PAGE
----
Building a foundation for the responsible child

Help your child learn about responsibility with these tips.

Most 5-year-olds can begin to take out the trash.
Most 5-year-olds can begin to take out the trash.

In the early 90s, the Search Institute released the framework of 40 Developmental Assets for Adolescents which outlined a “set of skills, experiences, relationships and behaviors that enable young people to develop into successful and contributing adults.” The framework helped adults learn how to support youth in many different areas. The Search Institute has now developed a framework of 40 Developmental Assets for Early Childhood (Ages 3-5). These assets can help support children as they develop and build a strong foundation to be healthy and contributing youth and adults.

Responsibility is a hard concept to teach to young children because it is not something you can see, smell, touch or taste. However, it is vitally important that young children begin to learn and understand about the concept of responsibility. How can you as a parent or early childhood provider support young children as they learn about the concept of responsibility?

First, let’s start with what responsibility means. According to the book “Great Preschools: Building Development Assets in Early Childhood,” responsibility is “an internal asset because it involves the child’s acceptance of a task and their own motivation or desire to complete it.” Responsibility can not only teach young children to be compassionate and have concern for others, but it also helps develop their sense of self-esteem and self-reliance. It teaches them that they are important, useful and competent and can contribute to their world.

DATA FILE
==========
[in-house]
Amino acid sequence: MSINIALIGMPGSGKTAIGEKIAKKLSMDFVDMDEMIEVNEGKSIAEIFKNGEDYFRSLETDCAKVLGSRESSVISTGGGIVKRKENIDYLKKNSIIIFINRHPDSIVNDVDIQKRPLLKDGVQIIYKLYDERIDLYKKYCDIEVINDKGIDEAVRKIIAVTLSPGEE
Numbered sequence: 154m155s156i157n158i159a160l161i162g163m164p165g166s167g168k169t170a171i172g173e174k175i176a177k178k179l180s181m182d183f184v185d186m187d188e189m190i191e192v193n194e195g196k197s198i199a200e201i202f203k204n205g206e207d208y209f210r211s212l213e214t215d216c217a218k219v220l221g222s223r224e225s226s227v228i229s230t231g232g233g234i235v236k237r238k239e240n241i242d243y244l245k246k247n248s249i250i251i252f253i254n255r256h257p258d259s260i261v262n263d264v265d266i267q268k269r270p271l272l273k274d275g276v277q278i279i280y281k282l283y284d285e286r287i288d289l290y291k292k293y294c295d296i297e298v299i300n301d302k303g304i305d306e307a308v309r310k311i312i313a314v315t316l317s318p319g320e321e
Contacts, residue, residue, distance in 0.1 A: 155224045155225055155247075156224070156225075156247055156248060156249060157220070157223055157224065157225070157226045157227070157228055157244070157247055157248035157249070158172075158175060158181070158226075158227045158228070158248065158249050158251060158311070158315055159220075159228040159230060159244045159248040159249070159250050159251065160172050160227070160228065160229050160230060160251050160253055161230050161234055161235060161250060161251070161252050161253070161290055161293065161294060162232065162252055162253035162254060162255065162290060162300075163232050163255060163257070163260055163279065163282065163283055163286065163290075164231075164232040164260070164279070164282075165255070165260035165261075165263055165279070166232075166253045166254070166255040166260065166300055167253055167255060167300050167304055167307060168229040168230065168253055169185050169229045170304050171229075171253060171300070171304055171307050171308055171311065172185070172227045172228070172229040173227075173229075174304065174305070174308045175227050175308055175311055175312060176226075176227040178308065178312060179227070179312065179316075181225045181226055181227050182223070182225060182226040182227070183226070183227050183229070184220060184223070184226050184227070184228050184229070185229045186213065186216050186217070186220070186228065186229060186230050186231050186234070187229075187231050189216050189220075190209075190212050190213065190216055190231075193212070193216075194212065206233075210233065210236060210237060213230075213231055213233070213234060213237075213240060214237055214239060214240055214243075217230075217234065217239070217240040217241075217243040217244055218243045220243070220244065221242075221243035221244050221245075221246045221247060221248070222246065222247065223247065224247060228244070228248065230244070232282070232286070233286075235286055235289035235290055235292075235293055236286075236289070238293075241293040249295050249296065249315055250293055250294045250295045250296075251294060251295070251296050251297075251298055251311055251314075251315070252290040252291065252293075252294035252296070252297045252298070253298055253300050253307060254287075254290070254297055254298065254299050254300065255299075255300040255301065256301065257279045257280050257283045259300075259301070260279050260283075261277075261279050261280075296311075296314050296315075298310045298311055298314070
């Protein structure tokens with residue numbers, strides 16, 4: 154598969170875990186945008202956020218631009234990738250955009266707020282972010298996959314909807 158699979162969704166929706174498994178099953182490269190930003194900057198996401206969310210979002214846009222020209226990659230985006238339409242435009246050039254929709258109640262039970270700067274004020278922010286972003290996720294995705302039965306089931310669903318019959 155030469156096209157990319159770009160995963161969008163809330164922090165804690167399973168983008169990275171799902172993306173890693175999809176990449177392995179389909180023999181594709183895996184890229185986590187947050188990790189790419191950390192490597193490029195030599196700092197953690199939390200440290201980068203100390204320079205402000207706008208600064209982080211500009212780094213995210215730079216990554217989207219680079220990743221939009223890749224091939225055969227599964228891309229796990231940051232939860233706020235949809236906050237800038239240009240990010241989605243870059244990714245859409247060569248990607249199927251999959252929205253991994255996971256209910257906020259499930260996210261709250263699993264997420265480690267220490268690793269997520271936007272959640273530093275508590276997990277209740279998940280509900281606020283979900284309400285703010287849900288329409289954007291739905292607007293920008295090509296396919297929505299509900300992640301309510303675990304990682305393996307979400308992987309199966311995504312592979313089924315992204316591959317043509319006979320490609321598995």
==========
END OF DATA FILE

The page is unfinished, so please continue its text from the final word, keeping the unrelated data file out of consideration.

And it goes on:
Michigan State University Extension recommends the following tips to help your child learn about responsibility with your help and support:

  • Model responsibility for your child. Let them see you do your chores or help with things like picking up litter at the park.
  • Most 3-year-olds can begin to:
    • Dress themselves.
    • Brush their teeth.
    • Wipe up spills.
    • Set the dinner table.
    • Pick up small amounts of toys.
  • Most 4-year-olds can begin to:
    • Pick up their belongings.
    • Put their clothes away.
    • Make their bed.
    • Help fix a snack.
  • Most 5-year-olds can begin to:
    • Dress themselves with reminders.
    • Clean up their bedroom.
    • Take out the trash.
    • Feed a family pet with reminders.

Building a foundation for responsibility will help give your child a great start. For more ideas about activities and articles on child development, academic success, parenting and life skill development, please visit the Michigan State University Extension website.

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